Co-facilitating support groups is incredibly rewarding and I wish I’d known about WayAhead’s support groups early in my own recovery journey. Knowing how isolating and hard recovery can be, at some point in my recovery I started to feel a deep need to support others in their journeys. I’ve always enjoyed group facilitation and jumped at the chance to volunteer with WayAhead. Holding space, in simpatico with my co-facilitator, for people to connect with others and share what life is like has been a profoundly meaningful experience.
People need community, and safe interpersonal connections with people with a shared experience can give us a sense of belonging and help our recovery. Support groups can become an important part of our community. They are unique, as they fill a very specific need that’s hard to fill in any other way, even if we have plenty of personal support. We can feel isolated in our experience and finding a safe space to spend time in the company others with a shared lived experience is a gift we can give to ourselves. It’s rare to be in a community that provides a safe, confidential, non-judgemental block of time to talk about the highs and lows, as well as the little things, that come with managing a mental health issue. This can be incredibly healing and helpful for building and maintaining resilience. Sharing our inner world in a social environment makes support groups unique.
One of the greatest benefits of joining a support group is hearing about other people’s experiences. There’s twinship and validation from knowing that others face similar challenges. I’m constantly surprised at the innate understanding that comes from a group with a shared experience, even if the day-to-day life and personalities of everyone in the group are very different. People might have different experiences, but they innately understand what you are going through. They can share the lows of disappointment from bad days, goals not reached, the frustration of long wait lists, the despair of continually feeling anxious. And, of course, they can share the highs – from little successes, achieving goals or trying something new, to finding someone’s tips for managing anxiety work for you too. There’s something powerful that comes from others’ understanding that little wins are, actually, big wins.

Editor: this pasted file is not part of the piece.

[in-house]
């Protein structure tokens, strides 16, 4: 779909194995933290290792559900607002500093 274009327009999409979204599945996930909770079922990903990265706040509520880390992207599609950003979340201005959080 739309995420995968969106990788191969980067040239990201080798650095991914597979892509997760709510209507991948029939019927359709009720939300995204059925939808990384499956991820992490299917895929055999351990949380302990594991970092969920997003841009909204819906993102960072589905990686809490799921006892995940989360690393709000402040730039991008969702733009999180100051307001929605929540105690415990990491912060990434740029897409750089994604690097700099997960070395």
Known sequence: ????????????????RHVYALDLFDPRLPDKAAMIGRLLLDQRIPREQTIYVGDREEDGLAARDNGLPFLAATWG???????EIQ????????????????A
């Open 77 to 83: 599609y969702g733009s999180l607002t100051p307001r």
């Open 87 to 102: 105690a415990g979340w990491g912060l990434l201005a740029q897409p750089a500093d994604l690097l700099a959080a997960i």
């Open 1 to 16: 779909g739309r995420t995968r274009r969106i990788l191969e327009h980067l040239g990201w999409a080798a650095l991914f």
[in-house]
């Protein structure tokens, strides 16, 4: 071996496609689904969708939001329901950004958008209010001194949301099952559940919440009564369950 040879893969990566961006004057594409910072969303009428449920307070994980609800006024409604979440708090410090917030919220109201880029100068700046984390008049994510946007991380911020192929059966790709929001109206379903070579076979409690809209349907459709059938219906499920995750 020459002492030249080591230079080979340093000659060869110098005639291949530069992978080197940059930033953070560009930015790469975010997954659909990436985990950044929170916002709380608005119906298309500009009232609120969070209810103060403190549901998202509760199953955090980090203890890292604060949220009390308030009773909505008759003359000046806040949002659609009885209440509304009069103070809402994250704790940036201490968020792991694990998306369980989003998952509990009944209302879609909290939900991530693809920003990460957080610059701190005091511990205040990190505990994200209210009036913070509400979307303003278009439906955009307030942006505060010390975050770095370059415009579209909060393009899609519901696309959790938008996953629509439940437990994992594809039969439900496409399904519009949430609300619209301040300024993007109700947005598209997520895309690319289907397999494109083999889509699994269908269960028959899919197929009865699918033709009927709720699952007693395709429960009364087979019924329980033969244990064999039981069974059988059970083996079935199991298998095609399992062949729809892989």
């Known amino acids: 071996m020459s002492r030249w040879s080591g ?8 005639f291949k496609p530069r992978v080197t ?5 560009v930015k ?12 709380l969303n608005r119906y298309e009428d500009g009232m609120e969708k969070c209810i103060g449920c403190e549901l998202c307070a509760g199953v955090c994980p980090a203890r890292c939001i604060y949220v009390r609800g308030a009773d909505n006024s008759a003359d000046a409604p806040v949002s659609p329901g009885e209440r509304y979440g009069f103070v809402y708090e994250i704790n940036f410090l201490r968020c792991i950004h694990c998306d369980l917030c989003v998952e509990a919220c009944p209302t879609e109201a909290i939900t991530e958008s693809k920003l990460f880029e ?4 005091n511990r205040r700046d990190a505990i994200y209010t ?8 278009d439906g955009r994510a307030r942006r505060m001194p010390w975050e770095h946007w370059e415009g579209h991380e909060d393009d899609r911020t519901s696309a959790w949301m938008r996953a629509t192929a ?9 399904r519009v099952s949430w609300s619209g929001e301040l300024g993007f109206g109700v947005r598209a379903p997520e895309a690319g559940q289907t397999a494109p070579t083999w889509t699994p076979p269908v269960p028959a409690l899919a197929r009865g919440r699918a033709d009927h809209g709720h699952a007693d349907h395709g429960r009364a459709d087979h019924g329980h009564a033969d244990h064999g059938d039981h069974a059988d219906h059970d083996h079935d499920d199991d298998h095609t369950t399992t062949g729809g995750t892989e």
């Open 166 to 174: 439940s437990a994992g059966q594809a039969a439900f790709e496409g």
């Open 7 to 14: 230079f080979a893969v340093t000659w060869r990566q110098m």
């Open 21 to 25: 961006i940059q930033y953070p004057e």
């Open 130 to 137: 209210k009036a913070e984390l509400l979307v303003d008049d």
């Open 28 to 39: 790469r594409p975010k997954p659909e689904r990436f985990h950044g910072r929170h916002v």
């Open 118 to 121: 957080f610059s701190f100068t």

Support groups are welcoming environments that enable people to come as they are: people with long and short term lived experiences, family, carers and friends. It’s a co-created environment; the co-facilitators might be formally responsible for keeping the space safe, but it takes the whole group to really make this happen. The delight when someone takes the risk to talk for the first time, joy mirrored after someone shares good news, and the welcome for new people are examples of how groups do this. As a facilitator, seeing a group listen, understand and share ideas and experiences, while managing their own mental health issues, is a reminder of the extraordinary strength and compassion people possess. It really is a privilege to witness the strength within a group to support each other’s mental health.
By Rachel W.